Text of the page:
Networking Basics for System Administrators
A NIC on a host (computer) is identified by a number called its IP address. To send data from one host to another, the data is split into chunks called packets. Each packet has a header, which includes both the source and destination host IP address. The network will deliver each packet to the destination host.
When powered up, a NIC is not assigned any IP address. These can be assigned manually (called a static address) or automatically (a dynamic address). While servers rarely use dynamic addresses, most other hosts will. DHCP is commonly used to configure a dynamic address on a host, as well as many other network parameters that must be set for networking to work.
People (and even software) rarely use the addresses directly. Instead, a name is used. Such names must be translated to a number before they can be used. One way to do this is to set up the file /etc/hosts with names and addresses. Another way is to use the domain name system (DNS).
IP addresses are 4 byte (32 bit) numbers usually written in dotted-decimal notation. In dotted-decimal notation, you convert each byte to a decimal number and separate the four numbers with periods, for example “192.0.2.86”.
IP addresses have two parts: the left-most part of the address identifies a network. The remaining bits on the right uniquely identify a host within that network. The number of bits used for each part can vary. A separate 32 bit number known as a mask (or sometimes subnet mask or netmask) is used to show how many bits are used for the network part and how many for the host part. In the mask, a binary digit of 1 (one) means the corresponding bit in the address is part of the network number. A 0 (zero) show the corresponding bit is part of the host number. Consider the following address and mask:
IP address: 192.0.2.86
11000000 00000000 00000010 01010110
Mask: 255.255.255.0 11111111 11111111 11111111 00000000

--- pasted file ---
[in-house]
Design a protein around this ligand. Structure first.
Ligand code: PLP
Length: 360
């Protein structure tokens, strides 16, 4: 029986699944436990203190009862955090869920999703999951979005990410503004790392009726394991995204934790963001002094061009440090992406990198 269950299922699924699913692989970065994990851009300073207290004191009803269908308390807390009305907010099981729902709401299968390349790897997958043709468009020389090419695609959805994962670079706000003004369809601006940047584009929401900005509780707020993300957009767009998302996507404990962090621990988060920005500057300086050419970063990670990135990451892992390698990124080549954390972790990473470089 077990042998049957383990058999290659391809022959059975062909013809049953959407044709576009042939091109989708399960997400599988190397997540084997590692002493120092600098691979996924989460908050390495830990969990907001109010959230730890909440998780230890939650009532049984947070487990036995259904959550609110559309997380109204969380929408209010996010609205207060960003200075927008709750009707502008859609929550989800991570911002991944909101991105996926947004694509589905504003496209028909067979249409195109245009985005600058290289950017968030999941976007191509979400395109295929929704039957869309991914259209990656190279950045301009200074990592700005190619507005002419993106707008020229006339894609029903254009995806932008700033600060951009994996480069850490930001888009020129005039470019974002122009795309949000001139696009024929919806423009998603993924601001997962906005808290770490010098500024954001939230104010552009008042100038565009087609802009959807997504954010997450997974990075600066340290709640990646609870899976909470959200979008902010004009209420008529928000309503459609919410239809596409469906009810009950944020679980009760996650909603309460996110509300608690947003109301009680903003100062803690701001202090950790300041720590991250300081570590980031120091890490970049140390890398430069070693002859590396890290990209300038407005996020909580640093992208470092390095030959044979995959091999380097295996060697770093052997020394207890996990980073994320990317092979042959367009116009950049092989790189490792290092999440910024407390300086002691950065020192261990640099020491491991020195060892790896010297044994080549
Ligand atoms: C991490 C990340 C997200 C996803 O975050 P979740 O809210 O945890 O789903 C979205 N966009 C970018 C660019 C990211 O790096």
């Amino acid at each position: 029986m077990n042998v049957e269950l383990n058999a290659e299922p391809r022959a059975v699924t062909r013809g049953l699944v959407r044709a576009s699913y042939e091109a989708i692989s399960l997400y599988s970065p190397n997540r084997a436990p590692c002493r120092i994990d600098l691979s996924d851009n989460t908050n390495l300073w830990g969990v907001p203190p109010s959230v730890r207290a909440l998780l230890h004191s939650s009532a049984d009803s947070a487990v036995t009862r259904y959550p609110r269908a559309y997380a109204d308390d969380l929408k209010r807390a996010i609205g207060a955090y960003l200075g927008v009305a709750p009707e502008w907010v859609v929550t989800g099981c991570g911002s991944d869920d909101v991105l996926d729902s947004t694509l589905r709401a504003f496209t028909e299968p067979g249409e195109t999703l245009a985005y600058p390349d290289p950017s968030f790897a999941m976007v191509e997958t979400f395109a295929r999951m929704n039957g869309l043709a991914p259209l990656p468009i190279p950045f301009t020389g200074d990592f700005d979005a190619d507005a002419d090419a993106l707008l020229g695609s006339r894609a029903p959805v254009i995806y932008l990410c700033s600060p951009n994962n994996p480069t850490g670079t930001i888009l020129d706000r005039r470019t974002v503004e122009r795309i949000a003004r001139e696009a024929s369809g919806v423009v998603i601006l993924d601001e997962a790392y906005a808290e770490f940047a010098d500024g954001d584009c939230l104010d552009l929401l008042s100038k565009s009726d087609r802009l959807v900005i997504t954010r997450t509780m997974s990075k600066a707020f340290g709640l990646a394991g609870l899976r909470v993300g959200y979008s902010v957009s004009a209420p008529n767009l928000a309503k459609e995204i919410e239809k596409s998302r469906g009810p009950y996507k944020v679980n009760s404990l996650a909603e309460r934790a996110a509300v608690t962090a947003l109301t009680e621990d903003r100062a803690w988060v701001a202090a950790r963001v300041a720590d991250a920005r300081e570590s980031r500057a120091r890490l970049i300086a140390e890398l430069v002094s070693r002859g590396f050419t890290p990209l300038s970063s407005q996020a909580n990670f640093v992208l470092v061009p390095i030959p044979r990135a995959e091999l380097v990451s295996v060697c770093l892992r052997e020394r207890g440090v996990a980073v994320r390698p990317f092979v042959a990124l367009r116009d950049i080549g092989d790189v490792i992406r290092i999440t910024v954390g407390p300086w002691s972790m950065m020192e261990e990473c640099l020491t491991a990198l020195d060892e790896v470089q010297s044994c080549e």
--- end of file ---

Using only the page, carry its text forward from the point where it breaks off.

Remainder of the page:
Then the network number is “192.0.2.0” and the host number is “86”. The mask may be written in dotted-decimal notation. A more convenient notation (“CIDR” notation) is simply to specify the length (in bits) of the network part. You separate the mask from the address with a slash:
An IP address alone is not enough. Consider a web browser sending an HTTP request packet to a web server. When a user clicks a link, the name is translated to an address. But if the packet was sent with just that, how would the destination host know to deliver the packet to the web server and not the SSH server or print server or some other server? Even if the OS on the destination host guesses to which daemon to deliver the packet, which program on the client should receive the reply? (What if you have two web browser windows open; which should be updated?)
The answer is to associate a number with each program (client or server) called a port number. Each packet will have a source and destination port number in the packet header, in addition to the IP addresses. A program (client or server) tells the operating system “if you receive any packets for port number x then deliver them to me”. This is called listening on a port.
There is nothing to tell a client what port number to use for some service, any more than there is a standard IP address to use. While any program can listen on any port, there are standard port numbers for some common, well-known services. A list of these is found in the file /etc/services. This list is maintained by the IANA. This file can be used in some cases to refer to a service by a name, rather than its port number. Keep in mind any program can listen on any port number. An SA must know some of the more common ones; use grep to guess the name of some service and find its port number. Some to know: 22 (SSH), 25 (SMTP), 53 (DNS), 80 (HTTP), 443 (HTTPS), and others.
So, when program A on host ONE wants to send some data to program B on host TWO, it sends the data to the kernel along with the destination IP address and the port number for host TWO and program B. The kernel selects a port number for the client, and adds that (as well as the IP address for host ONE) to the header, breaks up the data into packets, and adds the header to each, then sends the packets to the NIC. The packets look something like this:
SRC_IP: 184.108.40.206 SRC_port: 50123 DEST_IP: 220.127.116.11 DEST_port: 80 ...data...
When the packet is received at host TWO, it sends the packet to the program identified by the destination port number (“B”). When “B” wants to send a reply back to “A” on host ONE, it just reverses the source and destination parts of the header:
SRC_IP: 18.104.22.168 SRC_port: 80 DEST_IP: 22.214.171.124 DEST_port: 50123 ...data...
(In reality, networking is more complex than this, and will be studied in a future course. For now, you must understand basic IP addressing and port numbers, in order to configure services and system security.)